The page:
Jemaah Islamiyah: Reevaluating the Most Dangerous Terrorist Threat in Southeast Asia [open pdf - 548KB]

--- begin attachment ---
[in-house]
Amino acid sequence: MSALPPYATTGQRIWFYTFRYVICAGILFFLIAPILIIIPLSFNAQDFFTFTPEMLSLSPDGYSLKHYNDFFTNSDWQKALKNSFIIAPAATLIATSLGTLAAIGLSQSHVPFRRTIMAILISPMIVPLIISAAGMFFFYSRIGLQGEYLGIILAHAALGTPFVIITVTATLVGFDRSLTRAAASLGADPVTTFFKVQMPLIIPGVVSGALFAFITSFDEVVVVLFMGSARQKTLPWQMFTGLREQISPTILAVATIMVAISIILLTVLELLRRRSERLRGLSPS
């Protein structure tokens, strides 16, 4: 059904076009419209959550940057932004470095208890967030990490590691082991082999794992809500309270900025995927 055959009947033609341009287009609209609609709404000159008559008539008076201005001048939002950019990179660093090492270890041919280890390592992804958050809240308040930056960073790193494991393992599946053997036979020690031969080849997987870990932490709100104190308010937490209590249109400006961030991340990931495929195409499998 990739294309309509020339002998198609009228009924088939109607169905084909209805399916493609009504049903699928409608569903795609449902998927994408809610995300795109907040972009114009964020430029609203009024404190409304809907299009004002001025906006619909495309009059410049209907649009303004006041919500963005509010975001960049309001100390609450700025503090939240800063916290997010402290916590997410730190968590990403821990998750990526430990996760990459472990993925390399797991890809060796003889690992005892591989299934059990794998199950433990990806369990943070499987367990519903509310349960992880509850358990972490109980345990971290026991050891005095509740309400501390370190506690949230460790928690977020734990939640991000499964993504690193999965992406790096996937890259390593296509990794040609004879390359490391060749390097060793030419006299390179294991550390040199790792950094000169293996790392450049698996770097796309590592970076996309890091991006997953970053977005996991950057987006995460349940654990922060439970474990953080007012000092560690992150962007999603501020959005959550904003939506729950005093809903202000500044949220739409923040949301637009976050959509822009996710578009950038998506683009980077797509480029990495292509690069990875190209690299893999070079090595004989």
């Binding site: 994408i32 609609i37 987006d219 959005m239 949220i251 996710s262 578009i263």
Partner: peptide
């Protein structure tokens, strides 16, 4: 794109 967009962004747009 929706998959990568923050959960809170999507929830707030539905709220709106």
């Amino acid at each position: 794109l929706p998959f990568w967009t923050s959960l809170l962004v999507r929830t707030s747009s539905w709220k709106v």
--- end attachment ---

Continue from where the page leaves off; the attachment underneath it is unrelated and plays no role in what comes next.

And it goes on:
"This thesis examines Jemaah Islamiyah (JI), Southeast Asia's most dangerous terrorist threat. Since the group manifested its presence with its suicide bombings in Bali, Indonesia on October 12, 2002, considerable efforts have been devoted to describing the group responsible for the most damaging terrorist attacks in Southeast Asia and interpreting how it has changed over time. Over the course of the last decade, two competing interpretations of JI emerged. One view held that JI was divided between a large group of traditionalists and a smaller group of pro-violence militants. This became the conventional wisdom and served as the foundation for most countries' counterterrorism policies. The other held that the two factions worked closely together. By reconsidering JI's evolution in light of recently available evidence, this thesis shows that the second view more accurately describes JI. In particular, this thesis suggests that the two factions should be viewed as mutually supportive 'administrative' and 'operational' components of a single, adaptable terrorist group. To be successful over the long term, counterterrorism policies will need to pay greater attention to the administrative faction and its relationship to the operational wing, which conducts actual terrorist attacks."
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